On to ‘L’…

continues with my, all too occasional, Plot A to Z series of posts.

I don’t grow leeks as I’m not that fussed about them, and I do usually get given some.  However I like leek and potato soup so I suppose that I should really, and if I do they’d probably be the popular variety Musselburgh.

Then there’s the ubiquitous lettuce, of which there are four main types and lots of varieties.  If, like me, you don’t have a favourite then buy a packet of lettuce Mixed Leaves, and sow small quantities every few weeks.

Small skipper butterfly on a layia elegans flowerHoneybee on a poached egg plant flowerI grow lots of lovely flowers such as lavandula angustifolia (lavender), layia elegans Tidy Tips, limnanthes douglasii (poached egg plant), linaria maroccana, and lychnis coronaria (Rose campion).

The one flower that I do cut for home is lathyrus odoratus (sweet pea), which many people grow on the allotment or in the garden. Next year I’ll be growing the fragrant varieties Hunter’s Moon which is deep cream, and the dark blue Old Spice Lord Nelson.

LadybirdInsects that are always good to see on the plot are ladybirds, although there weren’t many about this year.

Have a good week!

Thanks to Glo (Porcelain Rose) for this award for this post

L is for... Award


About Flighty

...allotmenteer, armchair gardener, blogger and sofa flyer.
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24 Responses to On to ‘L’…

  1. Caro says:

    The way you put it, Flighty, the flowers are a much better bet than veg for your L series! I agree with you about leeks, I don’t eat them often enough to grow them but do enjoy them chopped into a shepherd’s pie or soup. Sweet peas are such a joy to grow – I’ve grown Hunter’s Moon, it came up tinged with pink which was delightful! Oh, you’ve got me all excited about growing sweet peas next year now – and I’ve still to clear the nasturtiums from this year! Have a good week! Cx

    • Flighty says:

      Caro it is a bit uneven isn’t it. It seems that leeks are a so-so vegetable.
      It’s always good when someone has grown a variety that I’ve not tried before like these sweet peas.
      Thanks, and you too. xx

  2. CJ says:

    Great “L”s, I’ll be trying leeks and sweetpeas next year. I’ve heard that the poached egg plants are excellent for insects as well, so I might look out for some of them.

  3. Sharon says:

    I love leeks and grow them every year, I had forgotten all about poached egg plant, thanks for the reminder. Have a great week.

  4. Jo says:

    I love leeks and I did sow some this year but I never got them planted out at the allotment. I’m regretting that now. Both those sweet pea varieties sound lovely, I look forward to seeing them next year.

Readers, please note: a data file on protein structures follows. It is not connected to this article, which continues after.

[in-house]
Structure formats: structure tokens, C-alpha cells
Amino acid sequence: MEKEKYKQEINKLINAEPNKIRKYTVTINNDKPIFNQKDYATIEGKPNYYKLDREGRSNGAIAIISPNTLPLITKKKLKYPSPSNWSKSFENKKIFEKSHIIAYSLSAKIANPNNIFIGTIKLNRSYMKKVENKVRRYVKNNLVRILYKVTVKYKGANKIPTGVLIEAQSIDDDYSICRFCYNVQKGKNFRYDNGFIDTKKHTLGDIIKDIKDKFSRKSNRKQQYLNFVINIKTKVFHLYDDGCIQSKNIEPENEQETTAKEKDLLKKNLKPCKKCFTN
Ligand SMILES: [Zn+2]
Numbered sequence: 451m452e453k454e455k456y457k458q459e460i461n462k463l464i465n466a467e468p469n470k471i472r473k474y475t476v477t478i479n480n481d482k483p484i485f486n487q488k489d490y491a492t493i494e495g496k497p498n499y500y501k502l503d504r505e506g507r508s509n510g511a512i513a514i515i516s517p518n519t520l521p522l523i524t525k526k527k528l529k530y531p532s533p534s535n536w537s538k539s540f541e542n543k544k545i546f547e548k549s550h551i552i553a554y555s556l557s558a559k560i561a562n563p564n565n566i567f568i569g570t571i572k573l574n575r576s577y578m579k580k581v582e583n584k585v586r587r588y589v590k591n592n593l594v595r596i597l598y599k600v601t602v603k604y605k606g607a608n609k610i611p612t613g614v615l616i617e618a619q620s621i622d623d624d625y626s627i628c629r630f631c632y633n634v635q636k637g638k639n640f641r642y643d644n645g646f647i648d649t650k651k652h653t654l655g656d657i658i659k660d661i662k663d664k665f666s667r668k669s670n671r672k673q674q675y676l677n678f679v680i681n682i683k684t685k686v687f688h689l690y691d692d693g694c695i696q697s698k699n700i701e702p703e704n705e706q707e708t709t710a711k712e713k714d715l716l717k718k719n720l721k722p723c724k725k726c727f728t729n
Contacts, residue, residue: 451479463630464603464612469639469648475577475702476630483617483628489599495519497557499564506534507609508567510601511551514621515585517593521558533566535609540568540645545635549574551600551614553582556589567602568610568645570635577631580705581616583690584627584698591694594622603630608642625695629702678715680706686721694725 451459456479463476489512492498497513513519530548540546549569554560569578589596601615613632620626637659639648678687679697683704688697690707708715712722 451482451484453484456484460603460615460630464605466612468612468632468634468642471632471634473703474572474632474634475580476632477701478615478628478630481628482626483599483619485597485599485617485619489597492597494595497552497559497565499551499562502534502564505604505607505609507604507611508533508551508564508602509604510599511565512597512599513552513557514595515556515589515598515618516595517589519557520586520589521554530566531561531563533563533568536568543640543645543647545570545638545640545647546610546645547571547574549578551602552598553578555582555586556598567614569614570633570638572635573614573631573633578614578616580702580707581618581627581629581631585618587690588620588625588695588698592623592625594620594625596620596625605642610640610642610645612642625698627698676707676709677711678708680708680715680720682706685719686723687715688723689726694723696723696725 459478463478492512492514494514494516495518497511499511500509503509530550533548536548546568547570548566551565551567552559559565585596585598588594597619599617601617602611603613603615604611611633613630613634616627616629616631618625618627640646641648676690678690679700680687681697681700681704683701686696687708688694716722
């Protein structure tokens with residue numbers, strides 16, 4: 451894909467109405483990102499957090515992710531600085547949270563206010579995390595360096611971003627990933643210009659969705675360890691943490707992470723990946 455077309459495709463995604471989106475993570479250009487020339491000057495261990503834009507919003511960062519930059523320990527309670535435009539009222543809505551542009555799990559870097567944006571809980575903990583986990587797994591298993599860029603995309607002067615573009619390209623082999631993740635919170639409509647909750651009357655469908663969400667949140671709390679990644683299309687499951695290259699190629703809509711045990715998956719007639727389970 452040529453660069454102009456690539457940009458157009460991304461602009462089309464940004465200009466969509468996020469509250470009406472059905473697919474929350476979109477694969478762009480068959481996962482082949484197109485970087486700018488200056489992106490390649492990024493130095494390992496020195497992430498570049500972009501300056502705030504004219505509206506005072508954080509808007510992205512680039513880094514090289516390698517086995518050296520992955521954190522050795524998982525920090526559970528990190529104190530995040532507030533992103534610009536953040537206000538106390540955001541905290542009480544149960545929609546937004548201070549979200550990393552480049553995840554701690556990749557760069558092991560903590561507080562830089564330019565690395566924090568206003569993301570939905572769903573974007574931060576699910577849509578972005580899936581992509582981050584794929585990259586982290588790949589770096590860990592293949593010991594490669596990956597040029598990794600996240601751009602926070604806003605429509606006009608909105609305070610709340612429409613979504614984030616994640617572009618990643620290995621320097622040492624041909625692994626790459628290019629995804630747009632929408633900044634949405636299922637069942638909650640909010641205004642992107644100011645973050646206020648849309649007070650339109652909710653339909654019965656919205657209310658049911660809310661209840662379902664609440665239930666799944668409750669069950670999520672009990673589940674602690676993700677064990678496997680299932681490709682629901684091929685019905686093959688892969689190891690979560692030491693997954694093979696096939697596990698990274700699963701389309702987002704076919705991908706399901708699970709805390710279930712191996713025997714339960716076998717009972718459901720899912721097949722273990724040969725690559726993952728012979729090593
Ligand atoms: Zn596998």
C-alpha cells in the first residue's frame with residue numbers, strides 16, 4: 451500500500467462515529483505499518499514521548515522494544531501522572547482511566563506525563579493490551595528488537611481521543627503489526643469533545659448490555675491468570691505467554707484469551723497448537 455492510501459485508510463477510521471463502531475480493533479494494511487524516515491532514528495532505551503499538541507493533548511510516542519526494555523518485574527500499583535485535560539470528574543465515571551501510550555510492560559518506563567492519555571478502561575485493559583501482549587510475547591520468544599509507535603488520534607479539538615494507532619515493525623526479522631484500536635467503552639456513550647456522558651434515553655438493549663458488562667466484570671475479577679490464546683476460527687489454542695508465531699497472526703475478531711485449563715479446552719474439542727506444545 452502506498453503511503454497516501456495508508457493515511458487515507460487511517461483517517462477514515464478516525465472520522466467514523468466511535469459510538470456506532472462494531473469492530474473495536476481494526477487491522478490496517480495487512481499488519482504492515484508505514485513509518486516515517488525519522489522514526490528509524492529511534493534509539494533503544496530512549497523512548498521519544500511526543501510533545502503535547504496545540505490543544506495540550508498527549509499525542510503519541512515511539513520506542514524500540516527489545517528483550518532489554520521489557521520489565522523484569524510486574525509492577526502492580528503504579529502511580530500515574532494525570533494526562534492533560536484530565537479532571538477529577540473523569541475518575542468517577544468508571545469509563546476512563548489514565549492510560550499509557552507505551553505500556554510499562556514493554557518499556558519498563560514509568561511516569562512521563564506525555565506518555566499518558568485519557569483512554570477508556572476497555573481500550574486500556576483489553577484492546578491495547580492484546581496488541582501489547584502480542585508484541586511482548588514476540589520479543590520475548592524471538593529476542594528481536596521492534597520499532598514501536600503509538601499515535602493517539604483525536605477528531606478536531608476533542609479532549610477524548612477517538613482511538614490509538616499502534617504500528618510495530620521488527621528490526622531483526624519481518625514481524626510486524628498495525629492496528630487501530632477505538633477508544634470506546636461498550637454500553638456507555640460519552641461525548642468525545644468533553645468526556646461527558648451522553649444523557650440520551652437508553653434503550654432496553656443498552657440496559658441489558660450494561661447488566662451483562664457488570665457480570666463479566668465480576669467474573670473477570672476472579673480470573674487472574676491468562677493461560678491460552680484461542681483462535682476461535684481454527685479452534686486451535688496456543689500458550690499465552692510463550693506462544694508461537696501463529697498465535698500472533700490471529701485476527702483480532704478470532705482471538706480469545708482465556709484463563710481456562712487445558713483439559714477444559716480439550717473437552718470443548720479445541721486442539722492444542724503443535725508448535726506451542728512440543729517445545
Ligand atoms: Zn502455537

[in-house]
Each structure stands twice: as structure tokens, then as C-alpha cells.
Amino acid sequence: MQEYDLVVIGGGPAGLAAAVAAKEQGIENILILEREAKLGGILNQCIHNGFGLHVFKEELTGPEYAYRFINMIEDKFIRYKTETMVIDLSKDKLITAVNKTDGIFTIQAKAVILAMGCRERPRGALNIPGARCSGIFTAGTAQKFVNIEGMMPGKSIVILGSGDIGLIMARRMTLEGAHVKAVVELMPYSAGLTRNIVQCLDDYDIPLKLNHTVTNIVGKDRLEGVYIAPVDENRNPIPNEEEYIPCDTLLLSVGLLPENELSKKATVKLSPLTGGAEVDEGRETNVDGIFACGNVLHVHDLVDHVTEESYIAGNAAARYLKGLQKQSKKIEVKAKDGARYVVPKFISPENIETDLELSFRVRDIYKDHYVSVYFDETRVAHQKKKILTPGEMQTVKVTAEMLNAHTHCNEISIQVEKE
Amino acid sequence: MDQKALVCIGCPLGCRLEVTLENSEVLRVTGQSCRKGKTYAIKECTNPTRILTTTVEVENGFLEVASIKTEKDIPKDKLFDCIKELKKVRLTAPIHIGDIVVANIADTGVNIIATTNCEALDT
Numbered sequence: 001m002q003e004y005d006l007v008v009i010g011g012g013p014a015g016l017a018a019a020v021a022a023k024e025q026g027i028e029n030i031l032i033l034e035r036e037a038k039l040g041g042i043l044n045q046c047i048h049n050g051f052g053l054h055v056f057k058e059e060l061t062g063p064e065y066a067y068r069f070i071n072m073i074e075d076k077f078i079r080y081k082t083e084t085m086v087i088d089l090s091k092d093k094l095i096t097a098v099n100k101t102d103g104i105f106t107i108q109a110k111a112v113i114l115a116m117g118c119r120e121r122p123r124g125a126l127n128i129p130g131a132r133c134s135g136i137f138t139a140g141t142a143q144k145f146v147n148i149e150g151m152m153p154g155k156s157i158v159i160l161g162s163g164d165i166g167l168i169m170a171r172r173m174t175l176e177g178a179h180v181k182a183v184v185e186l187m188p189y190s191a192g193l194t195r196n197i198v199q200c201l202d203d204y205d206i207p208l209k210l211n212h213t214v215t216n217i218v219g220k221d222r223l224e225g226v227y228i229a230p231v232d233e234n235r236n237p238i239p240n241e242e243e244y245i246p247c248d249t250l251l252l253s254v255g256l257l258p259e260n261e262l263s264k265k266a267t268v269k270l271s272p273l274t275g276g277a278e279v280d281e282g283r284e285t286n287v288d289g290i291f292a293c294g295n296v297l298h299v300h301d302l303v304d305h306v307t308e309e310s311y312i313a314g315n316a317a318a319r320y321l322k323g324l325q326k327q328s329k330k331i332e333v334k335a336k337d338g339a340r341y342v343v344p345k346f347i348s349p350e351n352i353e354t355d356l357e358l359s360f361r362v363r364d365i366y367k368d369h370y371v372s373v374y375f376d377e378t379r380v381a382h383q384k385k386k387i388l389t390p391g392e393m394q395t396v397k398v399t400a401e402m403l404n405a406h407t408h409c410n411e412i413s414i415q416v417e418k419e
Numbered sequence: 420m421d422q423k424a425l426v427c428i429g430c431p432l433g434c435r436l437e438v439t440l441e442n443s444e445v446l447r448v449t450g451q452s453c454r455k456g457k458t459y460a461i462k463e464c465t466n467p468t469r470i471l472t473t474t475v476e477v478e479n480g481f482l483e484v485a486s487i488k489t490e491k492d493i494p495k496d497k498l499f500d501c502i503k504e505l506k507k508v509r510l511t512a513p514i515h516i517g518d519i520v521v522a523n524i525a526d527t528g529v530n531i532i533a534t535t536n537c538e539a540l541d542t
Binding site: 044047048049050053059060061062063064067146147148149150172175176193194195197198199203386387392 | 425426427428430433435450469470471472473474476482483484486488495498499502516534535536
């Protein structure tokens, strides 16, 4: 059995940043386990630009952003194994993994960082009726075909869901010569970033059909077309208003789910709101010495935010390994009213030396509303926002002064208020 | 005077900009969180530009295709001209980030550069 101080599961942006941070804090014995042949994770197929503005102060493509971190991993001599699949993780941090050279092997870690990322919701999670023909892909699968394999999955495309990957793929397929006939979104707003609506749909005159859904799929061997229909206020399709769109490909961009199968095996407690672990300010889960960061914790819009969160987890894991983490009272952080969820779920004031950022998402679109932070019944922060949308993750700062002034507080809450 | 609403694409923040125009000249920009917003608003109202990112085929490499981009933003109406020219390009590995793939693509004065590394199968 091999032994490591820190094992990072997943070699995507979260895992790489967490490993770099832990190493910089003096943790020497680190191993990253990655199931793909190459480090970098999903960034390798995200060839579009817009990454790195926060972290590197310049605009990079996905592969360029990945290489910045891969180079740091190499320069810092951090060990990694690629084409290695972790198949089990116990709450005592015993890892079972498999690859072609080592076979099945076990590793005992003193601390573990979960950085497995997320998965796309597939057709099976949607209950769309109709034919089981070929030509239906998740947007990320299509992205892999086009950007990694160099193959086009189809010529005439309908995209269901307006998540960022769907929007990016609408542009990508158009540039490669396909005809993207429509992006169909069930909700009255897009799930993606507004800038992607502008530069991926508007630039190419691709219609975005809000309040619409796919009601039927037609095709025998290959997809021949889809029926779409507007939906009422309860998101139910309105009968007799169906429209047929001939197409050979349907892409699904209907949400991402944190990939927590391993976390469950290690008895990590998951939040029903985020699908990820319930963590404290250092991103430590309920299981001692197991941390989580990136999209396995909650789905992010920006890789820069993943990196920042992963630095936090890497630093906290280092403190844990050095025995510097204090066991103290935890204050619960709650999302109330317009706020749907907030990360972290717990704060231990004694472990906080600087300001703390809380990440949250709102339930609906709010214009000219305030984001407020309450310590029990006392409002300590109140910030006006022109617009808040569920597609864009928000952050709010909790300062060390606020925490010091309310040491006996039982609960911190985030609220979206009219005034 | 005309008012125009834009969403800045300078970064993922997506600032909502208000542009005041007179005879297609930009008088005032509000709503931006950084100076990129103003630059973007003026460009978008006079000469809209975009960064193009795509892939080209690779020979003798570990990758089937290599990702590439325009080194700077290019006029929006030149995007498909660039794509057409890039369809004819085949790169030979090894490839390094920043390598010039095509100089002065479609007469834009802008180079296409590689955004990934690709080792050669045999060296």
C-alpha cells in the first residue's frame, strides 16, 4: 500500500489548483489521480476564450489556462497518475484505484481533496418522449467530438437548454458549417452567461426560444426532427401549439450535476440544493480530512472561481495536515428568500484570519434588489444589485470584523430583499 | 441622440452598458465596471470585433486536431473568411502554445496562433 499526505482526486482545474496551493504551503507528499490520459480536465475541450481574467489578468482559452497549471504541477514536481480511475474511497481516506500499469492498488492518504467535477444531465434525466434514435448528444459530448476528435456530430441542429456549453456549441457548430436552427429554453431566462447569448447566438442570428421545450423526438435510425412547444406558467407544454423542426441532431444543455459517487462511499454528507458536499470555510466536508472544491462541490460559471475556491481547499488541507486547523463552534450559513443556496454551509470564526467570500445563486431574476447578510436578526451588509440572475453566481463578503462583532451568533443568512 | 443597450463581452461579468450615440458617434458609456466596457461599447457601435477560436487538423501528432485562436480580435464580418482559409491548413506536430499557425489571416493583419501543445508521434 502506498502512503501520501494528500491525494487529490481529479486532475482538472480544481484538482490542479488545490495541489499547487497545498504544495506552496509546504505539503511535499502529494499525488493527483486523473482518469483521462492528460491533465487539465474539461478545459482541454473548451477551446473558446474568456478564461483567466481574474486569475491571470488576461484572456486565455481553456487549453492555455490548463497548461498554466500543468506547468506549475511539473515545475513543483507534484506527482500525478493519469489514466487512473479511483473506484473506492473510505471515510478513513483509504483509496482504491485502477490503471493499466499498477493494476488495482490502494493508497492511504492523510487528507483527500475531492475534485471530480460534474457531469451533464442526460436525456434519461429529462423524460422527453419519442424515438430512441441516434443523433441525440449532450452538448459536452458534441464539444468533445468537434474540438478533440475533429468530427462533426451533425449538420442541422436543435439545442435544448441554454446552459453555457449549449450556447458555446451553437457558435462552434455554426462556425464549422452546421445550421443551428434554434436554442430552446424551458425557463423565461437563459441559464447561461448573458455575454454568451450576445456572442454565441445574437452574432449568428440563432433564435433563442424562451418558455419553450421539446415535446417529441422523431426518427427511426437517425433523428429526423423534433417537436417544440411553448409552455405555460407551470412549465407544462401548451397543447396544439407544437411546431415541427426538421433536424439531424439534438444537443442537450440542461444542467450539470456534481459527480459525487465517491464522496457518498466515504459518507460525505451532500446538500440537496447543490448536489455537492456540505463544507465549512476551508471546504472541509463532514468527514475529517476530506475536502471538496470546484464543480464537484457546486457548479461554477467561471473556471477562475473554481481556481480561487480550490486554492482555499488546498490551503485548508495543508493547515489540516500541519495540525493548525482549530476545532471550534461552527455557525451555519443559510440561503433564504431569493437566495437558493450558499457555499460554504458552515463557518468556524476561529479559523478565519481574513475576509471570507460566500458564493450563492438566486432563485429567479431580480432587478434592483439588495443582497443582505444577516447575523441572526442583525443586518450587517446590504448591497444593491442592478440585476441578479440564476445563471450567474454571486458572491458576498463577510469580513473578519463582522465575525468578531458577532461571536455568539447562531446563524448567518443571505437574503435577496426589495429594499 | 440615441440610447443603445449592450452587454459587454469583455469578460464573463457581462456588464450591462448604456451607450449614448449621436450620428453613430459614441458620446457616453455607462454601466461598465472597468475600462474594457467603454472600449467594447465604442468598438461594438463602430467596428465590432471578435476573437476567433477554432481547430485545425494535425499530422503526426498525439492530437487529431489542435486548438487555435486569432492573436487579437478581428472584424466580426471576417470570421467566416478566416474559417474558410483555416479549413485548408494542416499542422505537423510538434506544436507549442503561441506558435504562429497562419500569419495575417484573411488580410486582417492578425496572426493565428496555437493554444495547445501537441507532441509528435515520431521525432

5. menhir1 says:

    Not quite an alphabet soup! xx

  6. snowbird says:

    I saw a ladybird today while in the garden, maybe because it’s so mild at the moment. I do love a poached egg plant, I have little seedlings everywhere.xxx

  7. I love leeks, but TNG isn’t keen so I don’t bother to grow them either – the flowers, on the other hand, all deserve space in any garden. Lovely post Flighty!

  8. gaiamethod says:

    I’m still trying to find leek seeds here in Luxor!!! I know they grow them…
    The flowers are beautiful.

  9. nikkipolani says:

    What a luxurious list of lovelies. Did you have a good crop of sweet peas this year? Nice of your plot neighbors to share.

  10. Glo says:

    Hi Flighty ~ I had hoped to include a link to a Lovely Award for this lovely post, but so far it’s still running around in my brain. You did very well with your L’s ~ of course Lounging would be on your other site. 🙂 Soon…

    • Flighty says:

      Glo that’s okay, it’ll be much appreciated when you do it. By the way we do, of course, all ‘lawn lounge’ here, which I completely forgot to mention! xx

  11. wellywoman says:

    Leeks are one of the few winter veg I bother with. Last year they were badly damaged by leek moth and I ended up with none that we could eat. This year they have been shrouded in enviromesh which has worked. Really like the sound of that Old Spice sweet pea.

  12. Liz says:

    I’m following the parade of leek-lovers, although I don’t grow them. Leeks have such a delicate flavor and make a wonderful, subtle addition to soups, stews, savory tarts, almost anything I can think of!
    The weather in Kentucky is so variable that sweet peas are an iffy proposition. We so often go straight from cold, damp winter into oppressive heat and the pretty annual sweet peas just can’t cope. Same with edible “English peas.”
    Lavender, lovely lavender. That is another plant that occasionally has problems here. I can have a shrub that goes gangbusters for years and then for no apparent reason it dies (usually after a particularly harsh winter.)

    • Flighty says:

      Liz I don’t grow leeks as I’m not not fussed about them.
      It’s a shame that you can’t grow sweet peas.
      The blue lavender really attracts the butterflies, which is why I have some. xx

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